Auction: Final exam for bull ranches
Patience is a key element of the bull-raising business.
Northern Nevada cattlemen who raise bulls and heifers for herd replacement typically don’t see the fruits of their labor for up to three years, says Dwight Joos, general manager of Genoa Livestock in the Carson Valley.
Joos and other cattlemen who groom bulls and heifers for sale will test the bull market on Saturday at the 47th annual Fallon All Breeds Bull Sale at the Fallon Livestock Exchange. The consignment sale put on by the Nevada Cattlemen’s Association brings herdsmen from Nevada, California, Utah, Idaho, Oregon and Utah who are looking for breed sires and heifers to boost their herd stock. Last year, 108 bulls were sold at an average price of $3,409.
Consignment sales are one the most important markets for the seed-stock industry, Joos says. Genoa Livestock will bring five male Herefords to the sale as breeders are limited to eight head each.
“It is another piece of the marketing plan,” says Joos, who formerly managed beef, research and farming operations at the University of Nevada, Reno, Main Station field laboratory off East McCarran Boulevard. “For us, consignment sales are where we generate quite a bit of our revenue.”
Revenue that’s the culmination of years of work.
Joos last week walked through Genoa Livestock’s herd of 300 registered Herefords looking for choice heifers to inseminate with top-performing sires. It takes nine months for those cows to calve, and another 16 months to two years before those calves are ready for sale. Bulls must weigh a minimum of 1,000 pounds to be considered for the auction.
“There’s quite a bit of effort that goes into it,” Joos says. “In round numbers it’s almost three years from the time you put the semen in a cow until you actually take a check. There is a lot of hard work and diligence that goes into these operations.”
Veterinarians are responsible for much of the diligence leading up to the auction. Bulls must pass a host of required injections, vaccinations and tests of factors such as scrotal circumference, the bull sperm’s shape (morphology) and the sperm’s ability to swim toward an egg (motility).
Bulls brought to the sale are sifted by a team of two cattlemen, a breeder and a veterinarian and the animals are graded on a scale from 87 to 91. Bulls not passing minimum grade are culled from the auction.
Auctioneer Eric Duarte of Duarte Sales in Beatty, Ore., who will be working the sale along with Monte Bruck of the Fallon Livestock Exchange, says the two-hour sale can be difficult for the auctioneers. They are working for the consignors and are trying to get the most money for the livestock from cattlemen who have a tight grip on their wallets.
“It is a stressful day,” Duarte says. “You want them to be as profitable as you can.”
It helps, he says, when auctioneers are familiar with bulls’ bloodlines and genetics and can talk up the animal on the auction block. The Nevada Cattlemen’s Association gets a 6 percent commission on all sales.
“When they get down on the auction block you can say with some conviction what your opinion is and try to highlight the best points for the consignor and bring in the best money possible,” Duarte says.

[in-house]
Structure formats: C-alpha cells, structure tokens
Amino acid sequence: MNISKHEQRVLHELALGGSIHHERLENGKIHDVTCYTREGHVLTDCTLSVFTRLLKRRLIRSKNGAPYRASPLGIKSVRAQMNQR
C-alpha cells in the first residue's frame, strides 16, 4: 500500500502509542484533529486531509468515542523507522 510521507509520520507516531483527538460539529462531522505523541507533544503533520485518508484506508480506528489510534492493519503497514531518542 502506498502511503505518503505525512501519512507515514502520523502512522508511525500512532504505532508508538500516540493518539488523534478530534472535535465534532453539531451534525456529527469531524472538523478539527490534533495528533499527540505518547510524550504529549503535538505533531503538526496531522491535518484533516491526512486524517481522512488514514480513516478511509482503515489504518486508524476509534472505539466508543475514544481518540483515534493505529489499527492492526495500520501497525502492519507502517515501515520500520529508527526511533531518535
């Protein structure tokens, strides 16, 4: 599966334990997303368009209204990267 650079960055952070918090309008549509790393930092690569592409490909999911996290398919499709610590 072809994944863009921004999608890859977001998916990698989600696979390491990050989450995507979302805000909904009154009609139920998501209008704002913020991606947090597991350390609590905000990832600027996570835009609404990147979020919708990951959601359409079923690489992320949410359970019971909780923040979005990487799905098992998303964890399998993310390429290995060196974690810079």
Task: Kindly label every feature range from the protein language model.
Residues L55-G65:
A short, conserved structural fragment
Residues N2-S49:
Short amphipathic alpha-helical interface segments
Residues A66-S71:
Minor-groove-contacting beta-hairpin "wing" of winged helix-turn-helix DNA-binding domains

Dave Stix, owner of Stix Cattle Company in Fernley, says the annual sale in Fallon draws three types of buyers: Commercial cow-calf operators from northeastern Nevada, ranchers who operate in Fallon and Gardnerville, and seed-stock operators. The price each type of operator is willing to pay varies, Stix says.
“Some people just go and buy price, and some buy for what fits their operations,” says Stix, who bought his first bull more than 60 years ago when he was a boy of 12. “Some have desert outfits and will purchase bulls in $1,500 to $2,000 range, and some of the pasture people in Gardnerville want little better bull. Then you’ve got the people who want real outstanding bulls they might go from $3,000 to $5,000.
“For me, I’m just looking for a bull I like the looks of and that I think will fit in my cow herd for the best price.”
Genoa Livestock is a relative newcomer to consignment sales such as the annual Fallon auction. New breeders often have to overcome “brand loyalty” from regional cattlemen, who tend to buy from producers they’ve used in the past because their bulls or heifers have shown proven results in their herds. However, a bull’s genetic line also can spark buyer interest, as can the particular needs of different cattlemen.
“You have to have good quality it is always a driver,” Joos says. “You want to have the best quality you can show up with.
“People buy bulls to influence the production of their livestock,” he adds. “In this industry, which goes way back, there is a little bit of brand loyalty. If they get something that really works they have a tendency to go back to that operator because they know it will work.”
There’s no guarantee that heifers will produce calves that spark buyer interest, though. Joos likens work in the seed-stock industry to a slow-moving train decisions made today impact operations years down the line.
Duarte, who works auctions up and down the West Coast, including the past six auctions in Fallon, says the stock at the Fallon All Breed Sale are among the best bulls in the country. Such auctions are crucial for smaller breeders who lack the stock to host a production sale on their own, he notes.
“There are some good quality bulls there, and it is all breeds, so there is a chance to come and view five or six different breeds. They are some the best bulls these breeders have to offer.”
More than 100 bulls are expected to be auctioned at the Fallon All Breed Bull Sale, which starts at 11 a.m.
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